Wed. Apr 24th, 2019

Draghi urges European banks to merge to gain profitability

Draghi insta a la banca europea a fusionarse para ganar rentabilidad


The banking size does matter. From Frankfurt, the financial heart of Germany, the president of the European Central Bank (ECB), Mario Draghi, yesterday sent a message that should have raised the chair of more than one German banker.

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In the midst of a debate over a possible merger between Deutsche Bank and Commerzbank, which would give rise to the largest entity in the country and with rumors of a possible entry into the board of Italian Unicredit as third in the race, the ECB's top executive invited the entities Europeans to lose their fear and to bet on mergers.


The European banking sector

"There is an excess of capacity, branches and also employees", warns Draghi






"Part of the structural weakness of banks in Europe is attributable to overcapacity in Europe. Not in the form of credit, but employees, branches ... There is a real need for consolidation in the banking sector, "said Draghi. In his opinion, "there is a relationship between economies of scale and the ability to carry out the investments that are needed to improve technology and be competitive, especially in certain business models."

The Italian banker defended his accommodative monetary policy. It has been criticized that the current interest rates, at very low levels -even in negative territory- have ended up hurting the results and balance sheets of the entities. But Draghi considers that they also have their share of responsibility.


Low profitability

The ECB recognizes that it will further study how to mitigate the impact of low rates

"Then banks complain about interest rates as a cause of their lack of profitability, but there are entities that have a ratio between costs and income of between 80% and 90%," he said.

In any case, for Draghi the objective of the mergers is "to make sure that the transaction is successful, which means that an entity is created that is stronger and capable of facing new challenges". And the greatest strength and size seems to be one of the necessary requirements if you want to be successful.





Javier Escuder, variable income analyst at Caixa d'Enginyers, recalls that the financial sector is the only one trading below book value, under pressure from the current interest rate environment, which reflects some long-term market concerns. "Unlike the United States, in Europe each country has its group of large banks and the mergers that Mario Draghi supports can be a solution," he says.

Loss of value of European banks

Loss of value of European banks
(Alan Jürgens)

As far as monetary policy is concerned, yesterday the ECB did not move a file, neither in one direction nor in another. The stimulus withdrawal has not been talked about for months now, but the European Central Bank also did not send very specific signals on measures that could sustain the cycle in the face of the current economic slowdown, confirmed last Tuesday also by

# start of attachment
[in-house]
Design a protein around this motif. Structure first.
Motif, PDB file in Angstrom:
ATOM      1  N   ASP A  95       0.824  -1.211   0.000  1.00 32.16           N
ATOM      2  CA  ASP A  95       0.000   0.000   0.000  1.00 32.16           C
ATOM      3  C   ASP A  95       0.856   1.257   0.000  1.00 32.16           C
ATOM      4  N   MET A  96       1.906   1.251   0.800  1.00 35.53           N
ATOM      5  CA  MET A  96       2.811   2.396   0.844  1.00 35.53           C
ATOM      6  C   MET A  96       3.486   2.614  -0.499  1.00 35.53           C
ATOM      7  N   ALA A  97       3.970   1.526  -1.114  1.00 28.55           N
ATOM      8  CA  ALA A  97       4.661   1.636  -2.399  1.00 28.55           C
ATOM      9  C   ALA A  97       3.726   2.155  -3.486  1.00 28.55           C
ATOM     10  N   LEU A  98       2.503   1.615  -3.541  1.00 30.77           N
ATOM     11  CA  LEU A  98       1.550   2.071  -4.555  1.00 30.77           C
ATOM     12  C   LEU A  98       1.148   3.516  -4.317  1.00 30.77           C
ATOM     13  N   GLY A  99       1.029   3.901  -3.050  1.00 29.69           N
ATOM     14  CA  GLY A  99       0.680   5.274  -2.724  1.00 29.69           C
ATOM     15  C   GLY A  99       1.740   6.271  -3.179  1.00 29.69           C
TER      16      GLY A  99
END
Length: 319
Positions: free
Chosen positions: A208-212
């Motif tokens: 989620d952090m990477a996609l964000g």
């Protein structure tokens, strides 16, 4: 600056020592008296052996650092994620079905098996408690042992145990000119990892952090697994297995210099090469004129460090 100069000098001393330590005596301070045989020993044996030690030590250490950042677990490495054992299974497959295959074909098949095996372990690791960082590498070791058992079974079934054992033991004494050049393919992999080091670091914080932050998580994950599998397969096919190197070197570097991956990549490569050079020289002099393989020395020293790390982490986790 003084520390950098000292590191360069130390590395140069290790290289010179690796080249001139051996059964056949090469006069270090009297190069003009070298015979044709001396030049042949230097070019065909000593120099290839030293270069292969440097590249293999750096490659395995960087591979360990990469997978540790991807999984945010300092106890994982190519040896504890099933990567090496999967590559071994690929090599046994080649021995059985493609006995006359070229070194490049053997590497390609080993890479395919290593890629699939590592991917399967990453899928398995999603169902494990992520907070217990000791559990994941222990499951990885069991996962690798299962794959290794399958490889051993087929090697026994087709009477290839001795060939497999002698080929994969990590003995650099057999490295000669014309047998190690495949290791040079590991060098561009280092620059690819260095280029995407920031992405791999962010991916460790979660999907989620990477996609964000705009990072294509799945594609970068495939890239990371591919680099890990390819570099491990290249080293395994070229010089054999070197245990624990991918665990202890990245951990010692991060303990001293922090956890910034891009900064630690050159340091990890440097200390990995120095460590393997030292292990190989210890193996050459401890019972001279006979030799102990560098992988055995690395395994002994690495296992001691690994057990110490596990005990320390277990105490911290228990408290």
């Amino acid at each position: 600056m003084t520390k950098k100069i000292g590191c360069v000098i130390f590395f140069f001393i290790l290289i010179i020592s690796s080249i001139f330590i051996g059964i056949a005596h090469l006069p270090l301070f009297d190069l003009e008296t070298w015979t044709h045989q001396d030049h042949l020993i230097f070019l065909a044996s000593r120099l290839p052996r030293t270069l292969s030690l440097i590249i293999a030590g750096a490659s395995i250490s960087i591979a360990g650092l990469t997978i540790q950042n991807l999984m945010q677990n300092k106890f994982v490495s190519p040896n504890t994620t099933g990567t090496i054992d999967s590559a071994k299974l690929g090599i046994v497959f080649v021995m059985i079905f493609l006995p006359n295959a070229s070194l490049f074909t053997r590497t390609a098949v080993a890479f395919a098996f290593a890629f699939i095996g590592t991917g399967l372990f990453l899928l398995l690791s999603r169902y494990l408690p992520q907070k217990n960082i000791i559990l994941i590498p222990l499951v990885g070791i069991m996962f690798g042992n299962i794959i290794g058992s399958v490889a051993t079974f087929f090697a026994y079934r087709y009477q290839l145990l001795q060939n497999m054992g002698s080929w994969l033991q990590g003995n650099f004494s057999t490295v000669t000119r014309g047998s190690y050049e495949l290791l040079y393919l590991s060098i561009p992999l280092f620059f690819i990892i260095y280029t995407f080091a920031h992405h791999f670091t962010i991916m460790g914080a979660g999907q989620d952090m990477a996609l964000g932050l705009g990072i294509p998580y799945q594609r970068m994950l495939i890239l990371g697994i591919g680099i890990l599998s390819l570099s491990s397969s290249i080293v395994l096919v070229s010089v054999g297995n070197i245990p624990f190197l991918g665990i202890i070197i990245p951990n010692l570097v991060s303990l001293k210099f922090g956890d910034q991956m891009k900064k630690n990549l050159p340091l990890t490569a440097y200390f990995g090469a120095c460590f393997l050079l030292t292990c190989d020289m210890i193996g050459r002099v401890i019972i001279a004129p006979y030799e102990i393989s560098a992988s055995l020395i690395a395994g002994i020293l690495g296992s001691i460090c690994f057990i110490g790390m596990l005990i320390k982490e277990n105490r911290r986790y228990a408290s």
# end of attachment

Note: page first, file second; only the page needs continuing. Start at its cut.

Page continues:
the IMF.

More than a recession, the ECB admitted that there is a slower growth moment that will be extended throughout the year, due, according to the European institution, to geopolitical factors, the increase in protectionism and the weakness of emerging markets.





In this sense, the Italian sent a hint to US President Donald Trump, who threatens Europe with new tariffs. "First we have to see what happens because, as seen in the past, between words and deeds there is often a great chasm. But certainly the fact that these threats are aired with some frequency is undermining the general confidence, "he said.

At the press conference, Draghi, flanked by Vice President Luis de Guindos - who did not intervene - said the council meeting "was not operative." The rates were left at historical lows (0% / -0.4%). The ECB reiterated that it is expected to "remain at current levels at least until the end of 2019" (as he said in March). And it will not be Mario Draghi who is in charge of the future rise, since his term ends in October.

The only concession to the banking sector was that the ECB admitted that it is studying the start-up of a new round of liquidity auctions for banks (some loans at favorable terms), but it is still not clear what the conditions will be, linked to the evolution of the economy. "Anyway, it is a measure that does not directly affect, because it is conditioned to ask for credits", recalls Escuder.





Nor did the ECB give more details on how it intends to soften or mitigate the impact of negative interest rates on the banks' balance sheets. "We have shown that we have many instruments," he said.







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